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Posted October 29, 2005 by I-taoist in Castro's Cuba

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The problem with authoritarian and despotic leaders is that eventually all become dependent on their good graces; nepotism, cronyism, brown-nosing and arse-kissing become the order of the day.  Dissenting voices lose all position, and reasoned debate—looking at all sides of an issue—is thwarted. 

Everyone has witnessed this to one degree or another.  In the workplace, in social settings, in deliberative assemblies and board meetings, the one with a strong and powerful ego often prevails.  When one’s livelihood is dependent on getting along in such an ego dominant system, abuses are multiplied; ethical compromises are too easily adopted, true debate ends and one is constantly filled with the fear of losing one’s position.  The underlings most adept at “kissing up and kicking down” rise to the top…. A neurosis sets in… High standards and true goodness are undermined.  Corruption and behind-the-scenes maunevering prevail, plots thicken, court intrigues and gossip run amok�Such becomes the system when despots rule.

This is, of course, why enlightened men in the past have attempted to establish political systems with a division of power.  Recognizing the inherently debasing effect of excessive power in an individual, they tried to establish a system of checks and balances.  The theory is that by checking excessive power in one branch of government—or an individual—balance, reason and moderation are maintained; the ship of state remains on an even keel, and headed in the right direction. 

In times of great fear and trembling things can easily go awry.  Human nature being what it is—in a crisis—there is no time for debate.  Falsly perceived, or real, outside threat hastens the migration of power to the executive in charge.  Most true tyrants quickly understand this and their rise to excessive power is aided by exaggerating a threat from outside or sedition within.  Sometimes they are helped by actual events.  It’s a simple ploy; scare folks enough and you can do whatever you please—and most will go along.  Those who see through the guise will be too intimidated to speak up, or if they do, they will suffer such consequence that they will soon be quiet.  If they persist, having garnered great power, you simply crush them.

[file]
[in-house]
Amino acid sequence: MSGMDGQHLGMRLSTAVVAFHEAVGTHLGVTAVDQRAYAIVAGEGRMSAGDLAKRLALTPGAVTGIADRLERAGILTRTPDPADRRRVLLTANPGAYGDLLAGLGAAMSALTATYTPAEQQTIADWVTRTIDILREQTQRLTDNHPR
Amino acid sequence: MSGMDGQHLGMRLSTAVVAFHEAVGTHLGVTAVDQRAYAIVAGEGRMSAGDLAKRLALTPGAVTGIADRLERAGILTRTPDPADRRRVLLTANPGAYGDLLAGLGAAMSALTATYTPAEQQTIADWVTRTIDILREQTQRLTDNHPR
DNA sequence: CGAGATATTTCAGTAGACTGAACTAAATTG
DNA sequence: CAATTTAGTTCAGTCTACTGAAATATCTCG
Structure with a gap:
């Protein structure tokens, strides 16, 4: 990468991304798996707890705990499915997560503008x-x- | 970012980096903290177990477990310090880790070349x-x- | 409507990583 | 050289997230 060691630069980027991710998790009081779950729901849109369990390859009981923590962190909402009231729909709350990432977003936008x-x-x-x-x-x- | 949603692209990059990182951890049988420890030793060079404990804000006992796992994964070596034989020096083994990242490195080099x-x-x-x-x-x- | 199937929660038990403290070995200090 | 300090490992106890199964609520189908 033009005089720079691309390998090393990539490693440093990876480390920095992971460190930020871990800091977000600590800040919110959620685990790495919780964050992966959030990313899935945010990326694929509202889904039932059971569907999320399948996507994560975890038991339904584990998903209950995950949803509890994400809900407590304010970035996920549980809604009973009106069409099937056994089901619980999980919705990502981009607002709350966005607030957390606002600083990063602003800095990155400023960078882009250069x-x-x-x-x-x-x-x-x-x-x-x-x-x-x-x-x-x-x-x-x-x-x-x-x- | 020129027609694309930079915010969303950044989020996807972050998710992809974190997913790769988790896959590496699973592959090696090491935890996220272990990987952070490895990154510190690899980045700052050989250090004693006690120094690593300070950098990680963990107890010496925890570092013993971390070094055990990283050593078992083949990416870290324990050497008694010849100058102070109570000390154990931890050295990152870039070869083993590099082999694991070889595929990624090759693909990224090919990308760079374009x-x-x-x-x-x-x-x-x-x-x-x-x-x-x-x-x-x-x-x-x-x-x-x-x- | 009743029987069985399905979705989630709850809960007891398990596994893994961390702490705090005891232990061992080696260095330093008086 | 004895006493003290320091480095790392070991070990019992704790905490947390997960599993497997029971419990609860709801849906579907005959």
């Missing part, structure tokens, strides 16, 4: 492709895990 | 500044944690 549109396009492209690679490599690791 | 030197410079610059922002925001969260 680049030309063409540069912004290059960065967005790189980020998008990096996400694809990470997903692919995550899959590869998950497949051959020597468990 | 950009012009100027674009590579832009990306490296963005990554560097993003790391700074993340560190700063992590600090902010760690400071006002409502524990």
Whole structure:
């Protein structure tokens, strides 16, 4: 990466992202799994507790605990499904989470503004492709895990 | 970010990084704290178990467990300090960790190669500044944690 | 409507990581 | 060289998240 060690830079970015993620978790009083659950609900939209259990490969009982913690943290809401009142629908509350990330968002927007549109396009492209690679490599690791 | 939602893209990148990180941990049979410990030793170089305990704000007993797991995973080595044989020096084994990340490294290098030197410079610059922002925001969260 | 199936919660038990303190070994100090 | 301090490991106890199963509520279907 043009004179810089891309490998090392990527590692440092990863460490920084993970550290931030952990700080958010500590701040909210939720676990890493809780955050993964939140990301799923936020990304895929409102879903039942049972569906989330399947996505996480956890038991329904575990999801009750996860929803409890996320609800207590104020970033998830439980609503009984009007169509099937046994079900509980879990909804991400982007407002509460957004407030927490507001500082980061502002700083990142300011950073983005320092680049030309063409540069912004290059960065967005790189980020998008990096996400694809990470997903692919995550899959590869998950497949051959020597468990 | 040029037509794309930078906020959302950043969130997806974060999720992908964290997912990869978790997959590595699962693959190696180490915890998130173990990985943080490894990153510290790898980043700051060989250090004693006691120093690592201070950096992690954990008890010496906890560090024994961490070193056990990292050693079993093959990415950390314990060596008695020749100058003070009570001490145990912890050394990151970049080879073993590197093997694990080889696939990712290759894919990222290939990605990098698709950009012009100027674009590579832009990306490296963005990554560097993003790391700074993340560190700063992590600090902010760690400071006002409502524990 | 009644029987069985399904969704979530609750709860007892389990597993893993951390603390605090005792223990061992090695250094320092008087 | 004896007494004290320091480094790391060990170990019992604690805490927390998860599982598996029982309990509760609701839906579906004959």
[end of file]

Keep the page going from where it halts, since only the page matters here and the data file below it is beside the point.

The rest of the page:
It has all happened many times before.   

When a folk give over their power to the whims and fancies of one powerful individual, abuses inevitably follow, as night’s darkness follows the light of day.  Rewarding those with the cleverest cunning and most selfish motive always leads to corruption.  Small-minded-men in positions of large power are always petty, arbitrary, inconsistent, corruptible and patronizing, not to mention vindictive.  Their outer veneer of civility and joviality is just that � a thin covering.  Underneath they are craven pigs whose anger and rage are quickly brought to the boiling point when challenged or questioned.  They lead men and nations to ruin. 

The false allure of tyrants is the apparent efficiency with which they operate and their shrewd tactic to offer something in return for the power they gobble up:  Trains and buses may run on time, laws are quickly passed, civil order is brutally maintained, radical ideologies are spawned, and for a while, there may be a chicken in every pot.  They spout utopian idealism while employing Machiavellian tactics.  They speak of new opportunities while crushing all dissent. They offer government largesse in place of self sufficiency, individual enterprise and boot-strap endeavor.   

But this does not long last.  Inevitably, with the corruption of spirit in such men and systems, they overreach.  In their march to glory they overfill the bowl, and it spills—often with disastrous consequence.  Budgets are busted, great debt is incurred, lives are squandered, inefficiencies are spawned, and all begin to suffer.  This process is only hastened by misguided foreign adventures; not content with their gains, these great Ego men reach out for other golden rings—often tumbling from their mounts.

It’s an old story with many refrains, but the same basic theme:  For us two-leggeds, idol worship is most blasphemous when applied to other men.

John Bomar
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